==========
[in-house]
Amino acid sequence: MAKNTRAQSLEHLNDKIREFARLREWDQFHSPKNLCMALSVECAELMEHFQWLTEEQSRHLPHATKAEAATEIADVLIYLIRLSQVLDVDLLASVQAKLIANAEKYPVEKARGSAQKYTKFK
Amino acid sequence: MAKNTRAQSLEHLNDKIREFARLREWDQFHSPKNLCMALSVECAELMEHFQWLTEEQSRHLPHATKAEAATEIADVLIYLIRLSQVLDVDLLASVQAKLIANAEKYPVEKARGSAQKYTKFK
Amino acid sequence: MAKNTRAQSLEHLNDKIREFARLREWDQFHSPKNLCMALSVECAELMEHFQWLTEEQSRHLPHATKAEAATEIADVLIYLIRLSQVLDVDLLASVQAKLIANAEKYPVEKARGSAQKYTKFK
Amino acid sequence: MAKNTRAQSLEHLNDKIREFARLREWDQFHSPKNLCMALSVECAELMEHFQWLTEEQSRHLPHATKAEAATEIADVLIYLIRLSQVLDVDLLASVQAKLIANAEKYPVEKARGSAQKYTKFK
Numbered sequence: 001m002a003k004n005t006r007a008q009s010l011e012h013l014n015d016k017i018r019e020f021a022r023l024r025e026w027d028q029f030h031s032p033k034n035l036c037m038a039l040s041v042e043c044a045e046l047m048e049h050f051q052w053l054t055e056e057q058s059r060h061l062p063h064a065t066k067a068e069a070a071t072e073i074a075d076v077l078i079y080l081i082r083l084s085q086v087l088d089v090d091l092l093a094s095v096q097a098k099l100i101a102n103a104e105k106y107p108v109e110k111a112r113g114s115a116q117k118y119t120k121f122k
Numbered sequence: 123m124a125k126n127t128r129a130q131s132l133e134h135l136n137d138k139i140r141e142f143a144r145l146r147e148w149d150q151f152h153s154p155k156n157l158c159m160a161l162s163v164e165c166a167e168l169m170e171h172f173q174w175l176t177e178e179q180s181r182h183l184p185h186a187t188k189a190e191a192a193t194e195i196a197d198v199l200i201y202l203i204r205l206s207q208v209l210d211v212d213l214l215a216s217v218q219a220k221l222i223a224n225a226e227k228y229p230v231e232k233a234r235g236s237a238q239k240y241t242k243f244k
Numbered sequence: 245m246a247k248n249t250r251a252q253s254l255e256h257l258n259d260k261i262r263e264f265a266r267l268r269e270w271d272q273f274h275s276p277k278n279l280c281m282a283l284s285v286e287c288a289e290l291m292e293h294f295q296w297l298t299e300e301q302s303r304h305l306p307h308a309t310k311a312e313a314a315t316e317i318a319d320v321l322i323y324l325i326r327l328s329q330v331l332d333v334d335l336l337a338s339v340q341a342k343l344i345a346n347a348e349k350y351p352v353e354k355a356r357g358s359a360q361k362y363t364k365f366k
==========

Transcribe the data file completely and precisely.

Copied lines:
[in-house]
Amino acid sequence: MAKNTRAQSLEHLNDKIREFARLREWDQFHSPKNLCMALSVECAELMEHFQWLTEEQSRHLPHATKAEAATEIADVLIYLIRLSQVLDVDLLASVQAKLIANAEKYPVEKARGSAQKYTKFK
Amino acid sequence: MAKNTRAQSLEHLNDKIREFARLREWDQFHSPKNLCMALSVECAELMEHFQWLTEEQSRHLPHATKAEAATEIADVLIYLIRLSQVLDVDLLASVQAKLIANAEKYPVEKARGSAQKYTKFK
Amino acid sequence: MAKNTRAQSLEHLNDKIREFARLREWDQFHSPKNLCMALSVECAELMEHFQWLTEEQSRHLPHATKAEAATEIADVLIYLIRLSQVLDVDLLASVQAKLIANAEKYPVEKARGSAQKYTKFK
Amino acid sequence: MAKNTRAQSLEHLNDKIREFARLREWDQFHSPKNLCMALSVECAELMEHFQWLTEEQSRHLPHATKAEAATEIADVLIYLIRLSQVLDVDLLASVQAKLIANAEKYPVEKARGSAQKYTKFK
Numbered sequence: 001m002a003k004n005t006r007a008q009s010l011e012h013l014n015d016k017i018r019e020f021a022r023l024r025e026w027d028q029f030h031s032p033k034n035l036c037m038a039l040s041v042e043c044a045e046l047m048e049h050f051q052w053l054t055e056e057q058s059r060h061l062p063h064a065t066k067a068e069a070a071t072e073i074a075d076v077l078i079y080l081i082r083l084s085q086v087l088d089v090d091l092l093a094s095v096q097a098k099l100i101a102n103a104e105k106y107p108v109e110k111a112r113g114s115a116q117k118y119t120k121f122k
Numbered sequence: 123m124a125k126n127t128r129a130q131s132l133e134h135l136n137d138k139i140r141e142f143a144r145l146r147e148w149d150q151f152h153s154p155k156n157l158c159m160a161l162s163v164e165c166a167e168l169m170e171h172f173q174w175l176t177e178e179q180s181r182h183l184p185h186a187t188k189a190e191a192a193t194e195i196a197d198v199l200i201y202l203i204r205l206s207q208v209l210d211v212d213l214l215a216s217v218q219a220k221l222i223a224n225a226e227k228y229p230v231e232k233a234r235g236s237a238q239k240y241t242k243f244k
Numbered sequence: 245m246a247k248n249t250r251a252q253s254l255e256h257l258n259d260k261i262r263e264f265a266r267l268r269e270w271d272q273f274h275s276p277k278n279l280c281m282a283l284s285v286e287c288a289e290l291m292e293h294f295q296w297l298t299e300e301q302s303r304h305l306p307h308a309t310k311a312e313a314a315t316e317i318a319d320v321l322i323y324l325i326r327l328s329q330v331l332d333v334d335l336l337a338s339v340q341a342k343l344i345a346n347a348e349k350y351p352v353e354k355a356r357g358s359a360q361k362y363t364k365f366k